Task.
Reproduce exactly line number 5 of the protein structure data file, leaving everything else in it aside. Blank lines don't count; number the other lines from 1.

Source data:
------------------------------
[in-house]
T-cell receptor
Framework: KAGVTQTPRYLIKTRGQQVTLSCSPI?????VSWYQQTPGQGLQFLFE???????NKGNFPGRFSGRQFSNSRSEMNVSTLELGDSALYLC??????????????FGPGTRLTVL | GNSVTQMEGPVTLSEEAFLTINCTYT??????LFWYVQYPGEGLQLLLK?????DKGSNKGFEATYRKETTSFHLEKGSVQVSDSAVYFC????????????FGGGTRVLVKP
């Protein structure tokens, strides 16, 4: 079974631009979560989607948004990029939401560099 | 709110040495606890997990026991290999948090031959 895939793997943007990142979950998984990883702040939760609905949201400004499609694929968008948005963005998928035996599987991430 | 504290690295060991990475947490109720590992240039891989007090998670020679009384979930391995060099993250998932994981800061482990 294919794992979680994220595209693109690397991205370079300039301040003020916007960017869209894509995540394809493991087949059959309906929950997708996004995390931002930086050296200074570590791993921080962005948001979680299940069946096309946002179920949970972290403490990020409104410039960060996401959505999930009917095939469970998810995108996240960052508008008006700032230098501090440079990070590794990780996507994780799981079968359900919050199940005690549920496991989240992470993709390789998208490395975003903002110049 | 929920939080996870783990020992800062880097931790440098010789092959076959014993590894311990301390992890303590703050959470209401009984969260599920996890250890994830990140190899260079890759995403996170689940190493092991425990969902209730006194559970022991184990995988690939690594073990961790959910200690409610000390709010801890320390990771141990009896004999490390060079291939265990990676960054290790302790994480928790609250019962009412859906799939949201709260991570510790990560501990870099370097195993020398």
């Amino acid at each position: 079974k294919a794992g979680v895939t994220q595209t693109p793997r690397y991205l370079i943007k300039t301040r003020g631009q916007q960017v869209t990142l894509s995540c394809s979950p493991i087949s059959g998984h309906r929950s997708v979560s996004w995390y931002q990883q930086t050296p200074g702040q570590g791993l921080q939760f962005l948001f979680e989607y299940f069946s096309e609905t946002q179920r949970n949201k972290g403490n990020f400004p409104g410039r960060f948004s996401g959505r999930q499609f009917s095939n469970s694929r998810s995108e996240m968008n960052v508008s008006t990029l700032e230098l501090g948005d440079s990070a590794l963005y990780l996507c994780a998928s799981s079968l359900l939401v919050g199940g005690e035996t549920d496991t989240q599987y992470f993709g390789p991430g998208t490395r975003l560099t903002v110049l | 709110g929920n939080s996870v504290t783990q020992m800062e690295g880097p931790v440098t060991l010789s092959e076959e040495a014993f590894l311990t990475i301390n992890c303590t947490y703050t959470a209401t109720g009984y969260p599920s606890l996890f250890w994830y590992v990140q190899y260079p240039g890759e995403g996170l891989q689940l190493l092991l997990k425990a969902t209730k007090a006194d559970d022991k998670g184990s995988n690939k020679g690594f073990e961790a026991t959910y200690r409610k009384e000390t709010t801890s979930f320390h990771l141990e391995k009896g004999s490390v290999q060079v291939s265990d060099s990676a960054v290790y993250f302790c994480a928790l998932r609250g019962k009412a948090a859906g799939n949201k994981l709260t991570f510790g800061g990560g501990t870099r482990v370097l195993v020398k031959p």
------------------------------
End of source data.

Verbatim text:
């Amino acid at each position: 079974k294919a794992g979680v895939t994220q595209t693109p793997r690397y991205l370079i943007k300039t301040r003020g631009q916007q960017v869209t990142l894509s995540c394809s979950p493991i087949s059959g998984h309906r929950s997708v979560s996004w995390y931002q990883q930086t050296p200074g702040q570590g791993l921080q939760f962005l948001f979680e989607y299940f069946s096309e609905t946002q179920r949970n949201k972290g403490n990020f400004p409104g410039r960060f948004s996401g959505r999930q499609f009917s095939n469970s694929r998810s995108e996240m968008n960052v508008s008006t990029l700032e230098l501090g948005d440079s990070a590794l963005y990780l996507c994780a998928s799981s079968l359900l939401v919050g199940g005690e035996t549920d496991t989240q599987y992470f993709g390789p991430g998208t490395r975003l560099t903002v110049l | 709110g929920n939080s996870v504290t783990q020992m800062e690295g880097p931790v440098t060991l010789s092959e076959e040495a014993f590894l311990t990475i301390n992890c303590t947490y703050t959470a209401t109720g009984y969260p599920s606890l996890f250890w994830y590992v990140q190899y260079p240039g890759e995403g996170l891989q689940l190493l092991l997990k425990a969902t209730k007090a006194d559970d022991k998670g184990s995988n690939k020679g690594f073990e961790a026991t959910y200690r409610k009384e000390t709010t801890s979930f320390h990771l141990e391995k009896g004999s490390v290999q060079v291939s265990d060099s990676a960054v290790y993250f302790c994480a928790l998932r609250g019962k009412a948090a859906g799939n949201k994981l709260t991570f510790g800061g990560g501990t870099r482990v370097l195993v020398k031959p």